Indication of Catheterization for Intermittent Catheters (IC)
Intermittent catheterization (IC) is the “gold standard” for individuals with bladder dysfunction caused by neurologic or non-neurologic causes, a significant and growing population in the United States. Intermittent catheterization is the recommended method for individuals who are unable to void or completely empty the bladder. According to the 6th International Consultation on Incontinence, IC has replaced long-term indwelling urinary catheterization for patients with neurogenic lower urinary tract dysfunction (NLUTD) resulting in incomplete bladder emptying as it is associated with less urologic and non-urologic complications.
The following are the terms and their definition for understanding this type of bladder dysfunction.
- Neurogenic means “originating in the nervous system”
- Lower Urinary Tract (LUT) refers to the bladder, urethra (and prostate in men)
- Dysfunction refers to abnormal or difficult function
- Adult neurogenic lower urinary tract dysfunction (ANLUTD)” refers to abnormal or difficult function of the bladder, urethra (and/or prostate in men) in adults (> 18 years of age) who have a disease related to the nervous system (nerves, spinal cord, brain). Diseases in the nervous system include:
- Spinal cord injury (SCI): 80% per year, 80% are men, and 90% adults at the time of injury. Most will develop some type of bladder dysfunction
- Multiple sclerosis: 70% have some degree of bladder dysfunction
- Stroke: 15% are reported to have bladder problems
- Parkinson’s disease: 40% develop dysfunction
- Diabetes: 50% will have neurogenic bladder symptoms.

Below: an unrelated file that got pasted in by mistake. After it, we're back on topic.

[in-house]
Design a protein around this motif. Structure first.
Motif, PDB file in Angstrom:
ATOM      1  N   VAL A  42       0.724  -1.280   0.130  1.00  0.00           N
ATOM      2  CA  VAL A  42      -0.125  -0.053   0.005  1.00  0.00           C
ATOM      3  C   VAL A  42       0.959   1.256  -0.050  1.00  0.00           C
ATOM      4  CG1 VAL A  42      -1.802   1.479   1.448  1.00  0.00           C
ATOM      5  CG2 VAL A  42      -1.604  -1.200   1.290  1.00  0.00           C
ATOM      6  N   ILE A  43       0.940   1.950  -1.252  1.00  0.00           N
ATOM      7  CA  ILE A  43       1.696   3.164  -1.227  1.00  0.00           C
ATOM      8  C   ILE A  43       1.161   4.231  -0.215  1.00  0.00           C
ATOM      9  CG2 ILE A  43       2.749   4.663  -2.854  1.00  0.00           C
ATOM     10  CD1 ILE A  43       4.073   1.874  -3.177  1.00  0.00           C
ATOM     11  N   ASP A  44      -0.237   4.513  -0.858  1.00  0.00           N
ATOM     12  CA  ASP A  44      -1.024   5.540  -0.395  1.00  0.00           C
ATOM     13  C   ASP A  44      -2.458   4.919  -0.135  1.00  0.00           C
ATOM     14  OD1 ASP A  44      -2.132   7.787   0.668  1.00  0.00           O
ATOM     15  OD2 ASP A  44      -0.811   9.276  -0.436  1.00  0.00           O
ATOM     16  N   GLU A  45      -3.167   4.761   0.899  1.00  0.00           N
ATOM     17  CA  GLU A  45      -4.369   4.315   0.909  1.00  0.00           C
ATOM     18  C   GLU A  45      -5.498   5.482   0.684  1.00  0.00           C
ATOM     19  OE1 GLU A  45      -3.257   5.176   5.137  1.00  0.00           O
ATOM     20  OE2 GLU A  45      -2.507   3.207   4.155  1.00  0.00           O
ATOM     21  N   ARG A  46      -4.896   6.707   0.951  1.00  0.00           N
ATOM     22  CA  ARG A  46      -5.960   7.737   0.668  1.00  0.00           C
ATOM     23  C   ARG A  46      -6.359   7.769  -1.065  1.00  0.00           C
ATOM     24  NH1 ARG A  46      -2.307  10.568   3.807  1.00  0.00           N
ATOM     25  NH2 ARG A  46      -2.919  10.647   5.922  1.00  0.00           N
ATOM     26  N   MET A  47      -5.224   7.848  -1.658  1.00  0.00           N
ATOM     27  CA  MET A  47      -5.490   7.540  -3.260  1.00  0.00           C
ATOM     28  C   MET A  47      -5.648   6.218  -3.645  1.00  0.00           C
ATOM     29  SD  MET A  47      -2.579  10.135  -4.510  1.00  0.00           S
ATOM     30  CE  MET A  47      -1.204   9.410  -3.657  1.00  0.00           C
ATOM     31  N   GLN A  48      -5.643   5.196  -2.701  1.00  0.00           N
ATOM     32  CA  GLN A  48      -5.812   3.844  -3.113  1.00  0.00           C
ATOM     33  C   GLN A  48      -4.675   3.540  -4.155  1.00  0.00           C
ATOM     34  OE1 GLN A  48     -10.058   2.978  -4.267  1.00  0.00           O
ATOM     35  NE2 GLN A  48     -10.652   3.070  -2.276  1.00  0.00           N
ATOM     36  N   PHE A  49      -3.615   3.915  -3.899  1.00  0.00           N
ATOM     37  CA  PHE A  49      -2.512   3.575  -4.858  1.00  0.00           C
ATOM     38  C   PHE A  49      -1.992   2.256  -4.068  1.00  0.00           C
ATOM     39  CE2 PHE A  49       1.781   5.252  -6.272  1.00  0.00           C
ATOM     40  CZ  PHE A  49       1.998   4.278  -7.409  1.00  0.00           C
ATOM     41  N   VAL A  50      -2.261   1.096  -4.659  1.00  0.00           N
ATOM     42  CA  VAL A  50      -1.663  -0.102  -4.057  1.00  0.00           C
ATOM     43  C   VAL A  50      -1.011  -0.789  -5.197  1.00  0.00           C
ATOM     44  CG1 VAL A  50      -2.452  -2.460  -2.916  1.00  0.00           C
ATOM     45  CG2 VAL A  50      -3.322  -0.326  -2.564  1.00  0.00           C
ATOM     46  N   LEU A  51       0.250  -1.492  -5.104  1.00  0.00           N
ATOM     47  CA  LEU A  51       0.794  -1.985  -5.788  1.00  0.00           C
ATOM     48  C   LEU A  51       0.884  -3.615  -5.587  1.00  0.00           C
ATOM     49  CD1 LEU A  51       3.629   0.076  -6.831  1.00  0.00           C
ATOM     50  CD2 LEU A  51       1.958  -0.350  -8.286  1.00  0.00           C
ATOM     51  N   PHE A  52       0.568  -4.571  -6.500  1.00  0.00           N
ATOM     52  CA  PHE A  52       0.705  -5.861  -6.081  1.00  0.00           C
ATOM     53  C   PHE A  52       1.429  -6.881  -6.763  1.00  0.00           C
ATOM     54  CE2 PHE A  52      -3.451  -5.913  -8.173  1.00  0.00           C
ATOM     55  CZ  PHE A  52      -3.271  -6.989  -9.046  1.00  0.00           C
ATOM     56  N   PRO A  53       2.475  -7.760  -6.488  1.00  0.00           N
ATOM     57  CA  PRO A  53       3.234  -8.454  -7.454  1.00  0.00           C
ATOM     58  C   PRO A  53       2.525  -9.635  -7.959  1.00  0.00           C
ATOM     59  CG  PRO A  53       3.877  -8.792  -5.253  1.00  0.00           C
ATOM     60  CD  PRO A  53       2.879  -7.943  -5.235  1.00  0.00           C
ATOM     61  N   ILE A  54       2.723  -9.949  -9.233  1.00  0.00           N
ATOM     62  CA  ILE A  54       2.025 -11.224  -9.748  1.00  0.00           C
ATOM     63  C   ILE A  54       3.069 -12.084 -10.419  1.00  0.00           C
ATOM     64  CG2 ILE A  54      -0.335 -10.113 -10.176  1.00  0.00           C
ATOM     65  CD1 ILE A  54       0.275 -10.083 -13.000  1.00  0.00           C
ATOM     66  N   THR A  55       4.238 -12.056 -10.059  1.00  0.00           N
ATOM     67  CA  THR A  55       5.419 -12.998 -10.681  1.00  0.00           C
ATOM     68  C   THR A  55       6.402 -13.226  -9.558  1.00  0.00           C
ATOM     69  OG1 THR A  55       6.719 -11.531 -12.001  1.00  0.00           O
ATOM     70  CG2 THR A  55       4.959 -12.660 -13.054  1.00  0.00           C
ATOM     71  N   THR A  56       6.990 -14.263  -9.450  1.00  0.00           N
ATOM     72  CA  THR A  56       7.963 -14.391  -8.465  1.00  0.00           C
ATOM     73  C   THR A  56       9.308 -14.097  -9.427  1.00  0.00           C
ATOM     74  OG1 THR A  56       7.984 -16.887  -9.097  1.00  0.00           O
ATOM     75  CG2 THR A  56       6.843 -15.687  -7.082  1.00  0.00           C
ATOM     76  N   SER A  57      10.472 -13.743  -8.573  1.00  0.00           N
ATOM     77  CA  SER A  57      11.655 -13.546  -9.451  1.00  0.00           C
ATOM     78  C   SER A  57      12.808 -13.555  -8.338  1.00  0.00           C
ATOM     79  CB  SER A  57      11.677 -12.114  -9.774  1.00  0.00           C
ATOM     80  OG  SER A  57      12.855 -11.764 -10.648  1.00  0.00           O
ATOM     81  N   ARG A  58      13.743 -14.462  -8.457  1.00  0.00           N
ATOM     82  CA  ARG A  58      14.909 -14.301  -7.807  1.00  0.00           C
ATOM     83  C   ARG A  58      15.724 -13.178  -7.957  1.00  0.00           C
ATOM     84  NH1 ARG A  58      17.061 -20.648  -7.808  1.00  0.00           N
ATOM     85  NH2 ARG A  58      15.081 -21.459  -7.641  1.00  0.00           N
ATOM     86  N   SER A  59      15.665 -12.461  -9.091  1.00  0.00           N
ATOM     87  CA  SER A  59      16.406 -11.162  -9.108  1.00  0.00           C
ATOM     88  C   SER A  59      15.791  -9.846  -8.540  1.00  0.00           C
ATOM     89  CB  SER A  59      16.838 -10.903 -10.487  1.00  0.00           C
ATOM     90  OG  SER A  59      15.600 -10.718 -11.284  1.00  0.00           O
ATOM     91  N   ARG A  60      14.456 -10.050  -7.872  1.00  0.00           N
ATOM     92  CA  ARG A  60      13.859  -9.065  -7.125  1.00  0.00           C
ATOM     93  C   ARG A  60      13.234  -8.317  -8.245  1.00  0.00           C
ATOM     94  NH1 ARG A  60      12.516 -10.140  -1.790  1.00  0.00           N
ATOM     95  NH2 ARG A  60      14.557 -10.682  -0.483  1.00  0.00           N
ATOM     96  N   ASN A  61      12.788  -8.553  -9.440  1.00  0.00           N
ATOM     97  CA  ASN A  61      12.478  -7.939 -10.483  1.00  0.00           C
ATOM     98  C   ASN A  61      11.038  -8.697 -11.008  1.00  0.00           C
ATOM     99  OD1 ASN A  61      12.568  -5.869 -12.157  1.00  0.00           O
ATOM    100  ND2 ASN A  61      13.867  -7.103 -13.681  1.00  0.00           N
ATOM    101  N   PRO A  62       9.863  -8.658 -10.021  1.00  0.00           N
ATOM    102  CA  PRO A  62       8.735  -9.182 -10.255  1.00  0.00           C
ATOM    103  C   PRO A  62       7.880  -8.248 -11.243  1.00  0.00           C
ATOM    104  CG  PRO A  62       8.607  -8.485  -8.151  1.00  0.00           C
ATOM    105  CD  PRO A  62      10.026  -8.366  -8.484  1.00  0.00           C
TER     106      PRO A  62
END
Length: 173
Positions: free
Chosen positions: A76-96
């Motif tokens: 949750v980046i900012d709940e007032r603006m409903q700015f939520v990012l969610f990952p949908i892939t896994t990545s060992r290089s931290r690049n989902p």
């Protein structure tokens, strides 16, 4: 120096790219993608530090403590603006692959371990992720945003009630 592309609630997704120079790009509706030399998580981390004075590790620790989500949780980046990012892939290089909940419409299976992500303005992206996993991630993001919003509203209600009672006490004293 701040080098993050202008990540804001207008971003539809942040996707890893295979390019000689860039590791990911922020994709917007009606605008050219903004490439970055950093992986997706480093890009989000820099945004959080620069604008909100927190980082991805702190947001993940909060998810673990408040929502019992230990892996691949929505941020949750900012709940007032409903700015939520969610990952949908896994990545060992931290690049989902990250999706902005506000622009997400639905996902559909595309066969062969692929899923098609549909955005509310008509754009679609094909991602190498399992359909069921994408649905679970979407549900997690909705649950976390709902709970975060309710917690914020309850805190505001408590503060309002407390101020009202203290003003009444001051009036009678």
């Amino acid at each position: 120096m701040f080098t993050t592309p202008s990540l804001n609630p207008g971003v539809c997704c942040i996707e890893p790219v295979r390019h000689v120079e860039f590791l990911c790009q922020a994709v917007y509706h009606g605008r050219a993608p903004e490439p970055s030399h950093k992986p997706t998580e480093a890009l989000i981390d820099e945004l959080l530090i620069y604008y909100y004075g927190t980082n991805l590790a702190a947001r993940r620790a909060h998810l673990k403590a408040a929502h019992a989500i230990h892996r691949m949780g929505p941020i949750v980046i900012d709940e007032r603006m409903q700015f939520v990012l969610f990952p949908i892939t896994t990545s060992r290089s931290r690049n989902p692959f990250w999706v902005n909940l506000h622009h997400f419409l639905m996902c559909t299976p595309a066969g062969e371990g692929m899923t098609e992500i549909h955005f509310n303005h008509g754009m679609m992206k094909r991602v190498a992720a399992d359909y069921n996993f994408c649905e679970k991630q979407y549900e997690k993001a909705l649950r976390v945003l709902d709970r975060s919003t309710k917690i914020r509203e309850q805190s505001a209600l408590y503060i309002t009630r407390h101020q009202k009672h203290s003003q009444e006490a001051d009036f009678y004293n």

Normally, after the bladder empties, a small amount of urine (<75 ml), called the post-void residual (PVR), may remain in the bladder. If a person cannot urinate or empty the bladder completely, the PVR increases and can contribute to urinary tract infections (UTIs), overflow urinary incontinence (UI), and permanent damage to the bladder and kidneys. Incomplete bladder emptying or urinary retention may lead to the development of a neurogenic bladder.
Not all individuals with NLUTD will develop urinary retention or incomplete bladder emptying and need to perform IC. Some will develop bladder “storage” symptoms which include urinary incontinence, urinary urgency, or frequency. Others will develop bladder “emptying” or voiding symptoms like a slow voiding (peeing) stream, hesitancy, or a delay in starting to void or a sprayed stream. These may be symptoms of incomplete bladder emptying with an elevated post-void residual (PVR) or urinary retention. According to the International Continence Society, PVR is defined as the volume of urine left in the bladder at the end of micturition.
Individuals with urinary retention requiring IC are diagnosed with neurogenic detrusor overactivity (NDO), a urodynamic observation characterized by involuntary detrusor contractions during the bladder filling phase which may be spontaneous or caused by a neurologic disease.
Indications for Intermittent Catheterization: